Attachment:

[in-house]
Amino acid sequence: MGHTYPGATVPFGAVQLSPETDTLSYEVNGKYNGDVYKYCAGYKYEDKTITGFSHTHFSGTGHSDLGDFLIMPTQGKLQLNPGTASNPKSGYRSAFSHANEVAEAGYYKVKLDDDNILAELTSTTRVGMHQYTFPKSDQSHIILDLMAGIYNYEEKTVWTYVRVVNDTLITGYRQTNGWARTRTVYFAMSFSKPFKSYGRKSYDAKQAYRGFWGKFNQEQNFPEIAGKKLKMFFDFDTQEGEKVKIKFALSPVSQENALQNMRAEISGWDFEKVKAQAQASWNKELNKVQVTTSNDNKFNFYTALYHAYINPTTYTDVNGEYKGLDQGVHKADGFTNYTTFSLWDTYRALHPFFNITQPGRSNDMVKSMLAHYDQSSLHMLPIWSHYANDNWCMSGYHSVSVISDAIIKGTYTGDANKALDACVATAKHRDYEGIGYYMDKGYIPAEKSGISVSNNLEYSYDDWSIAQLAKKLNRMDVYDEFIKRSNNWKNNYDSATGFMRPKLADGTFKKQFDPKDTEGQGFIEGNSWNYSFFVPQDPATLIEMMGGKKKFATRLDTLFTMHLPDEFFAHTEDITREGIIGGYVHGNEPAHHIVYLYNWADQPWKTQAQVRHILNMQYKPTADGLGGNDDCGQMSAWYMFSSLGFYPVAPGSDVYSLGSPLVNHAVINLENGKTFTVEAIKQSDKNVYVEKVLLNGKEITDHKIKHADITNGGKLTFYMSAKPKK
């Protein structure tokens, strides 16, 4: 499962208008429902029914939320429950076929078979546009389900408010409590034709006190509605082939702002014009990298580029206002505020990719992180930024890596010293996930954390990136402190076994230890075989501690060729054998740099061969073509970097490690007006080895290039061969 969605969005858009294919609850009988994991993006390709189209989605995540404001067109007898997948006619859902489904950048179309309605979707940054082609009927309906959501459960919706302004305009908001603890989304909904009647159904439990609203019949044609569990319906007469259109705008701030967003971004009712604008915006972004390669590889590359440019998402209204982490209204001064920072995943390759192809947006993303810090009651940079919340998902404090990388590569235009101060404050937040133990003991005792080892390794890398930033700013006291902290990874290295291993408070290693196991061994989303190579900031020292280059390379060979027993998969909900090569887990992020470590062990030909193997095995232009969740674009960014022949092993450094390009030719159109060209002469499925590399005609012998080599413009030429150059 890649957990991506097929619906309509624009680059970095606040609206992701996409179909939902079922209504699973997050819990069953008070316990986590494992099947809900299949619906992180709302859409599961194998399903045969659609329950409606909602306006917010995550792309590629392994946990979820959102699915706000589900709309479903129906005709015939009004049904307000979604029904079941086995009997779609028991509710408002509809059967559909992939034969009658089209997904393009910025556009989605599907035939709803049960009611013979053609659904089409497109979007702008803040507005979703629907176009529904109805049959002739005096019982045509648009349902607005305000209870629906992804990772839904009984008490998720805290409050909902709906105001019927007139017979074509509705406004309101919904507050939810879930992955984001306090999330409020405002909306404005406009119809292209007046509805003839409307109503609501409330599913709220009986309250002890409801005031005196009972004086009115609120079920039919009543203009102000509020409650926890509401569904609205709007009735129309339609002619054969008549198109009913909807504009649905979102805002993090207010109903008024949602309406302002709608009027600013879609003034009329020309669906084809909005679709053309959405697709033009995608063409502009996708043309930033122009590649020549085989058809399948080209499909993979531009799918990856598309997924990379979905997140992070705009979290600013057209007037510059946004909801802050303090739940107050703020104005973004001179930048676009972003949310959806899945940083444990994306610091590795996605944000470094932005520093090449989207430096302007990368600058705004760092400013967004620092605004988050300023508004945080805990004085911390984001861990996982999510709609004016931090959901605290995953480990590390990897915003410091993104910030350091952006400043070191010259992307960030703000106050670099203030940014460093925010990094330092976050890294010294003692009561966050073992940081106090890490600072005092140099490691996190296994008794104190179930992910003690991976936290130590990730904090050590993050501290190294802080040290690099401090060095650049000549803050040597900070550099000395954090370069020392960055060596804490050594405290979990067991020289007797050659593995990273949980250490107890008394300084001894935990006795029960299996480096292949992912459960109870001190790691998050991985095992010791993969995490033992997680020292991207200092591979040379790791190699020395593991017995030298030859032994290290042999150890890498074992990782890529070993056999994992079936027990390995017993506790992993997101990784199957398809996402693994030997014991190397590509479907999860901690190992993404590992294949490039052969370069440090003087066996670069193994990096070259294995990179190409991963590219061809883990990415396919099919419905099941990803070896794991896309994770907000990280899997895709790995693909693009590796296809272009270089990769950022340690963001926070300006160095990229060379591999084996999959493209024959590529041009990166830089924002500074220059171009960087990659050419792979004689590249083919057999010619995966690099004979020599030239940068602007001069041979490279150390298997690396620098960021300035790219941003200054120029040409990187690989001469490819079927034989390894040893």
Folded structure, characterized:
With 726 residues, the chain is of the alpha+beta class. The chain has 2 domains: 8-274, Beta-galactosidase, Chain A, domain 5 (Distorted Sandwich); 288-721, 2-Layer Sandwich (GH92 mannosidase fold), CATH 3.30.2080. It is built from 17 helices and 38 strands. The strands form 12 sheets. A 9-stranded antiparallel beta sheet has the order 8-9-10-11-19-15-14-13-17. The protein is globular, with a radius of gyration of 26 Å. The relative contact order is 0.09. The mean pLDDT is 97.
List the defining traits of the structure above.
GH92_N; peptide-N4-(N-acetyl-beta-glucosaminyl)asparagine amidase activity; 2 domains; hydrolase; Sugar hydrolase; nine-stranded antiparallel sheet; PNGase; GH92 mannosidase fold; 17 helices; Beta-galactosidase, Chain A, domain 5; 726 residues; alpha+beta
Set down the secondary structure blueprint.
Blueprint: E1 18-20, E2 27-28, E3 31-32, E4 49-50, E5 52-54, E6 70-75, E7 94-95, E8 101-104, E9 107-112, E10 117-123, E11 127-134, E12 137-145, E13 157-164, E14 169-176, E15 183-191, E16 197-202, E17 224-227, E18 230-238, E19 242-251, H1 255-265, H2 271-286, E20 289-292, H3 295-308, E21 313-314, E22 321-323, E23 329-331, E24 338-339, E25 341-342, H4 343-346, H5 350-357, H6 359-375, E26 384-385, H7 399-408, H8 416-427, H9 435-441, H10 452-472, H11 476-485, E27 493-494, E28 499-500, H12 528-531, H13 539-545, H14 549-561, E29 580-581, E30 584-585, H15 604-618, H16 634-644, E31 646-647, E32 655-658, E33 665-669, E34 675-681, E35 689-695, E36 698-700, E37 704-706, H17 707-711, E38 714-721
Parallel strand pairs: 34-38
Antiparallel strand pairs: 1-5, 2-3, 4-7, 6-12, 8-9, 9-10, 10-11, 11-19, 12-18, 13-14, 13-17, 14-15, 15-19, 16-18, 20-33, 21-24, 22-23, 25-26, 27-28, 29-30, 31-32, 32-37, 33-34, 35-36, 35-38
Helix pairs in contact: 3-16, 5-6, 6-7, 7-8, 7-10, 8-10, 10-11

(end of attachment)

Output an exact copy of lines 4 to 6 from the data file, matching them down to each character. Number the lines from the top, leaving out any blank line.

Folded structure, characterized:
With 726 residues, the chain is of the alpha+beta class. The chain has 2 domains: 8-274, Beta-galactosidase, Chain A, domain 5 (Distorted Sandwich); 288-721, 2-Layer Sandwich (GH92 mannosidase fold), CATH 3.30.2080. It is built from 17 helices and 38 strands. The strands form 12 sheets. A 9-stranded antiparallel beta sheet has the order 8-9-10-11-19-15-14-13-17. The protein is globular, with a radius of gyration of 26 Å. The relative contact order is 0.09. The mean pLDDT is 97.
List the defining traits of the structure above.